Boston-based Berg has spent the last six years perfecting an artificial intelligence platform that may soon crack the cancer code.
Could we be just two or three years away from curing some forms of cancer? Niven Narain, the president of Berg, a small Boston-based biotech firm, says that may very well be the case.
With funding from billionaire real-estate tycoon Carl Berg as well as from Mitch Gray, Narain, a clinical scientist by training, and his small army of scientists, technicians, and programmers, have spent the last six years perfecting and testing an artificial intelligence platform that he believes could soon crack the cancer code, in addition to discovering valuable information about a variety of other terrible diseases, including Parkinson’s.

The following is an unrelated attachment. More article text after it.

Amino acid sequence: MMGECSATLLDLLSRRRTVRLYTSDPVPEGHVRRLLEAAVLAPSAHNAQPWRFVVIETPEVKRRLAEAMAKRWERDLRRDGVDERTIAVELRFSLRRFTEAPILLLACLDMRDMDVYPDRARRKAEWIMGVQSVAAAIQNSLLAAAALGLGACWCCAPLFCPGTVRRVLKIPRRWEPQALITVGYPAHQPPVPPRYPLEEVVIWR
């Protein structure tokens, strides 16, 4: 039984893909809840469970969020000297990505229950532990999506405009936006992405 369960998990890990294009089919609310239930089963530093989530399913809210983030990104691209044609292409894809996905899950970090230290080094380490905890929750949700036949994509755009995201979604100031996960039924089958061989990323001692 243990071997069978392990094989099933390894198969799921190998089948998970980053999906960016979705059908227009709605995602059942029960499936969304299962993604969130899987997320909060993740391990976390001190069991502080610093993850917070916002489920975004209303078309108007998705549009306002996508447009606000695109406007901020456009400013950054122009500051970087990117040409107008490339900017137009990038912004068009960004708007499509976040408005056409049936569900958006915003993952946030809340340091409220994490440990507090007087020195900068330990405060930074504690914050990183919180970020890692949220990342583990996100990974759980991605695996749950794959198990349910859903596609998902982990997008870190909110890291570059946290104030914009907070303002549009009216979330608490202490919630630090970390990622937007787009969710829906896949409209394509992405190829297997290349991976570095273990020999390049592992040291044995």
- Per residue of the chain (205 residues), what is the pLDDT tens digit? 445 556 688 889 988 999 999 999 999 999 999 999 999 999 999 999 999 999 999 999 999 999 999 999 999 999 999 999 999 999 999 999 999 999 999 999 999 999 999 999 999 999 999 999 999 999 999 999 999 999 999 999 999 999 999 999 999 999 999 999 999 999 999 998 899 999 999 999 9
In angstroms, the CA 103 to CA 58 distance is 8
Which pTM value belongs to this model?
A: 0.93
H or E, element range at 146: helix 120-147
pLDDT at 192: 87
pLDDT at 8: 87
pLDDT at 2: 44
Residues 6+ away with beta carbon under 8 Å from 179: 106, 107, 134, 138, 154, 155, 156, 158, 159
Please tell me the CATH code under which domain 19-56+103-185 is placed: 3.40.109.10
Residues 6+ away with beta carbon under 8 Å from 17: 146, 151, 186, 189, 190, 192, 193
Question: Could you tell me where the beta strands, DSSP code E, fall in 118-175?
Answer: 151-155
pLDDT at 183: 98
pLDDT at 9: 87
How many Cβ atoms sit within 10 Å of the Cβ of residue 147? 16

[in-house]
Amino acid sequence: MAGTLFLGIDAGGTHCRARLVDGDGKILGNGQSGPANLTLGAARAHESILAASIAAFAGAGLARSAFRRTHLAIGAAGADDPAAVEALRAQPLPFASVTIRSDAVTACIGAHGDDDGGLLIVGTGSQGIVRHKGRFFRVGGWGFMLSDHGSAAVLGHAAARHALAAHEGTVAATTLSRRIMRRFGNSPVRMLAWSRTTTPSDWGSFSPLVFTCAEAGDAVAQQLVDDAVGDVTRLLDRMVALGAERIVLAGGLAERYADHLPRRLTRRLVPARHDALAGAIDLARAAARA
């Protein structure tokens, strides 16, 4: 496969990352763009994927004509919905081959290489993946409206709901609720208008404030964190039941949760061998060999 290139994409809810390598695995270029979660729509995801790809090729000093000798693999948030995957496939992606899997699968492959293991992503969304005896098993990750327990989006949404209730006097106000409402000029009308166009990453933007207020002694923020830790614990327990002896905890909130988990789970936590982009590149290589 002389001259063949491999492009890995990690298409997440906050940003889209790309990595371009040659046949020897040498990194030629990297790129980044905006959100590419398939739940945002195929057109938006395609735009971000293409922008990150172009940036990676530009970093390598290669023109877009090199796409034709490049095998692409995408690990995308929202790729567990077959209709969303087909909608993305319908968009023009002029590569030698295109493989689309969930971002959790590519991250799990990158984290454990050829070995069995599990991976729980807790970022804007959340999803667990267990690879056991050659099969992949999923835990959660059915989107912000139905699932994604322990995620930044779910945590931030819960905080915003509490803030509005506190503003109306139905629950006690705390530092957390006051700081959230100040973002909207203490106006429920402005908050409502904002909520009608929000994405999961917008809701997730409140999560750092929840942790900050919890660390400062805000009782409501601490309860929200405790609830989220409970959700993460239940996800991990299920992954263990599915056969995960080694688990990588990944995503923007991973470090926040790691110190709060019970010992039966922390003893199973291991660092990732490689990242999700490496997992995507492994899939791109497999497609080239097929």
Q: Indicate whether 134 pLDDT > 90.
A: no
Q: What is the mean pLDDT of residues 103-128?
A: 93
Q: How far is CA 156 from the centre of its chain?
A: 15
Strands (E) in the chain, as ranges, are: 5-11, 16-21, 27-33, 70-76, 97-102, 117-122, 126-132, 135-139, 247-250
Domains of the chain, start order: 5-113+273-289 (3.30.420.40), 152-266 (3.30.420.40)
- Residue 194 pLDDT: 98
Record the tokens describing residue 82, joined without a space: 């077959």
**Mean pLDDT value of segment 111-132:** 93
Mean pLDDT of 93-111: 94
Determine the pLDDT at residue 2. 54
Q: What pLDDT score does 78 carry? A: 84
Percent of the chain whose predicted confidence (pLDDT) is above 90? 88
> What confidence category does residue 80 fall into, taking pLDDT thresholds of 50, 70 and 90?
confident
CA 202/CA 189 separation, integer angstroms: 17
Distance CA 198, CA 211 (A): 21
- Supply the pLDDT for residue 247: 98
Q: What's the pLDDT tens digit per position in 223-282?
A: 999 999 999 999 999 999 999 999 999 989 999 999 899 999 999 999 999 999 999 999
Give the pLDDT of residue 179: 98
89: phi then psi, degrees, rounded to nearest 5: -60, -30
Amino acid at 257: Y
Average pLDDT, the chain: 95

Thanks to partnerships formed with universities, hospitals, and even the U.S. Department of Defense, Berg and its supercomputers have been able to analyze thousands of patient records and tissue samples to find possible new drug targets and biomarkers.
All this data crunching has led to the development of Berg’s first drug, BPM 31510, which is in clinical trials. The drug acts by essentially reprogramming the metabolism of cancer cells, re-teaching them to undergo apoptosis, or cell death. In doing so, the cancer cells die off naturally, without the need for harmful and expensive chemotherapy.
So far, Berg has concentrated most of its resources on prostate cancer, given the large amount of data available on the disease. But thanks to recently announced partnerships, the firm is now building a new model targeting pancreatic cancer, which is one of the deadliest forms of cancers with a survivorship rate of only 7%.
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